|Why is this always happening to me?|
In the past 5 years I've gone through 3 laptops, and these weren't cheap laptops either. Two were fancy Mac Powerbooks, one was a decent HP Notebook. The first one was stolen (yes, this is a true and very sad story. Still makes me mad to talk about it, so we won't dwell on this); the replacement Mac was great until the screen suddenly went out AFTER the warranty had expired. And, of course, it was going to cost $1,100 minimum to replace the screen. Well, forget that. I was a recently minted PhD looking for work, with tons of debt on my shoulders and funds barely sufficient to cover my monthly expenses. Fixing the Mac, or buying a new one, was out of the question at that point. But I still needed a laptop: FAST. Desperate times called for desperate measures, so I broke down and bought my first ever PC, the HP Notebook. (No offense PC people, but never, never again will I buy a PC, even if I am poor as dirt).
I won't get into boring details, but the HP Notebook has caused me nothing but grief over the past 2 years. It constantly overheats, constantly dies, constantly sounds like a rocket ship, constantly gets viruses, constantly sucks. Period. But I'm still an academic job seeker and thus poor; as such I was hoping this puppy would last me until next year, when I could finally afford to buy a new Mac Powerbook after landing a sweet academic or non-academic job (HAHAHAHAHA). Sounds like a good plan, right? Just make due for now?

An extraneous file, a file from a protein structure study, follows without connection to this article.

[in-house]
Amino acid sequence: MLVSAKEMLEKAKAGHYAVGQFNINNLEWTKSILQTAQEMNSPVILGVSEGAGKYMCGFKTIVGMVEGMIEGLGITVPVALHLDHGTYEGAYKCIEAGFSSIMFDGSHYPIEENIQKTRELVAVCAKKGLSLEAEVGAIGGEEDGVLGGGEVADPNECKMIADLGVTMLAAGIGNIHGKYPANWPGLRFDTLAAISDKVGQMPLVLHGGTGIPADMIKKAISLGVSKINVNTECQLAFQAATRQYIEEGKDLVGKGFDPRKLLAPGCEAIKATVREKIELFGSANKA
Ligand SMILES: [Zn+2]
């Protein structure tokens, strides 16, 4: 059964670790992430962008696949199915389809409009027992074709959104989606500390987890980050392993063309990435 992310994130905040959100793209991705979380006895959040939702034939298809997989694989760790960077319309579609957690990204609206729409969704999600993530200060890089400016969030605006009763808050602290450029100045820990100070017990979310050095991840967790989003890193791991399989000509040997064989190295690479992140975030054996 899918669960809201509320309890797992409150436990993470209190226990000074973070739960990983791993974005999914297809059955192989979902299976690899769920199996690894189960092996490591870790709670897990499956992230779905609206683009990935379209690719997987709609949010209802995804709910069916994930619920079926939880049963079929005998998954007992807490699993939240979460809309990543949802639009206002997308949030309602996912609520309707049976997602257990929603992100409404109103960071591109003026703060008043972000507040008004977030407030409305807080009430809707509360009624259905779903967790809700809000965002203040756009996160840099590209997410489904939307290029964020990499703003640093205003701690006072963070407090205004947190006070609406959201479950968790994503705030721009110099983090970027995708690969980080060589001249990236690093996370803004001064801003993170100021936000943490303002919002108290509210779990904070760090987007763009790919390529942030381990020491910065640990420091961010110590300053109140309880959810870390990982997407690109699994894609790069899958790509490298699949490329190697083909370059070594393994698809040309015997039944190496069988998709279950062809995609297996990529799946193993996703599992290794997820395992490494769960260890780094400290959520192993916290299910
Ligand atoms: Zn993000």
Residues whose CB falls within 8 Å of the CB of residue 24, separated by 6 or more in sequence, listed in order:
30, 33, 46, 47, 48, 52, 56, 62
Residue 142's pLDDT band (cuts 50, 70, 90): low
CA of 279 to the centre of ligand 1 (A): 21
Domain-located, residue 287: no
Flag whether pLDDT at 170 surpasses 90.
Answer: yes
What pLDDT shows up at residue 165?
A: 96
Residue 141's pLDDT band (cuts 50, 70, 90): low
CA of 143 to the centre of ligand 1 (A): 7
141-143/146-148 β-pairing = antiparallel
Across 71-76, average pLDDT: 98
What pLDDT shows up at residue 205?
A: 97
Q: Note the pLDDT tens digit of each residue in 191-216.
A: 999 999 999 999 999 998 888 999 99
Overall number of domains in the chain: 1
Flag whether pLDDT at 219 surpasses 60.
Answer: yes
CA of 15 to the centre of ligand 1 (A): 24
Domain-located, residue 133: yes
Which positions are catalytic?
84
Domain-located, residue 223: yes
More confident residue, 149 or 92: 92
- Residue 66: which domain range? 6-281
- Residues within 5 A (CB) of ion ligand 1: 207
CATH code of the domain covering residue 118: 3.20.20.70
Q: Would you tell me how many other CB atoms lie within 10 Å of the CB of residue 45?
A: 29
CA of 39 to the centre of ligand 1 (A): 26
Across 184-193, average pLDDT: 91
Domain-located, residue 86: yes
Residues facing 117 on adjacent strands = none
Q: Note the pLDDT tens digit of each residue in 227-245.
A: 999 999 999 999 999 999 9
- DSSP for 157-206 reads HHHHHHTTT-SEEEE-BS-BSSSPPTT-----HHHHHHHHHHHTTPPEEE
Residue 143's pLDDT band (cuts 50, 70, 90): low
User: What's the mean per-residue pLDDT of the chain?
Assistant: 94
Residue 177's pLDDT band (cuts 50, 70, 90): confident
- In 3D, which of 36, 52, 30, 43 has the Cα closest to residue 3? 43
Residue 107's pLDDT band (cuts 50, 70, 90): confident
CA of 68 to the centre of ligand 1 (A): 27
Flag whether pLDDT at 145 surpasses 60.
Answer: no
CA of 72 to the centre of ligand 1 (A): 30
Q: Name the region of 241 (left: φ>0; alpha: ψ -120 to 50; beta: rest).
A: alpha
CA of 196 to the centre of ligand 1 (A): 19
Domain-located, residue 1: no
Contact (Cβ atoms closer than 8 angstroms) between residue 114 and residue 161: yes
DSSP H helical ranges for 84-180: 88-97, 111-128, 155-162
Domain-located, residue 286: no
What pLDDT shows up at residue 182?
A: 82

On Friday night the motherboard on my Notebook apparently fried, completely without warning. There was a loud zeeezzuuuum sound and then the screen went black. It hasn't restarted since. At least the Mac screen had the courtesy of going out after slowly fading over a period of 3 weeks, which gave me ample warning to save my files and videos. This time it was like--POOF--your computer is no longer. Your stuff is gone (I assume). Luckily, I've had so many negative experiences with technology in the past that I've learned my lesson and have the vast majority of my files saved elsewhere, but this is still a very bad situation. Very bad indeed. I had hoped to avoid the expense of repairing a laptop or buying a new one. However, my hopes and wishes are irrelevant.
Moral of this Monday morning story: back up your files, back up your files, back up your files. You will never regret taking the time to SAVE your work. Even job seekers without a stable income can be cursed with catastrophic computer failure at any time. Your poverty, good will, and innocence will not save you! Nothing will!
Anyone else have the same bad luck with technology? Care to share a horror strory of your own? I hope to be back blogging soon about higher ed, once I sort out my annoying computer problems . . .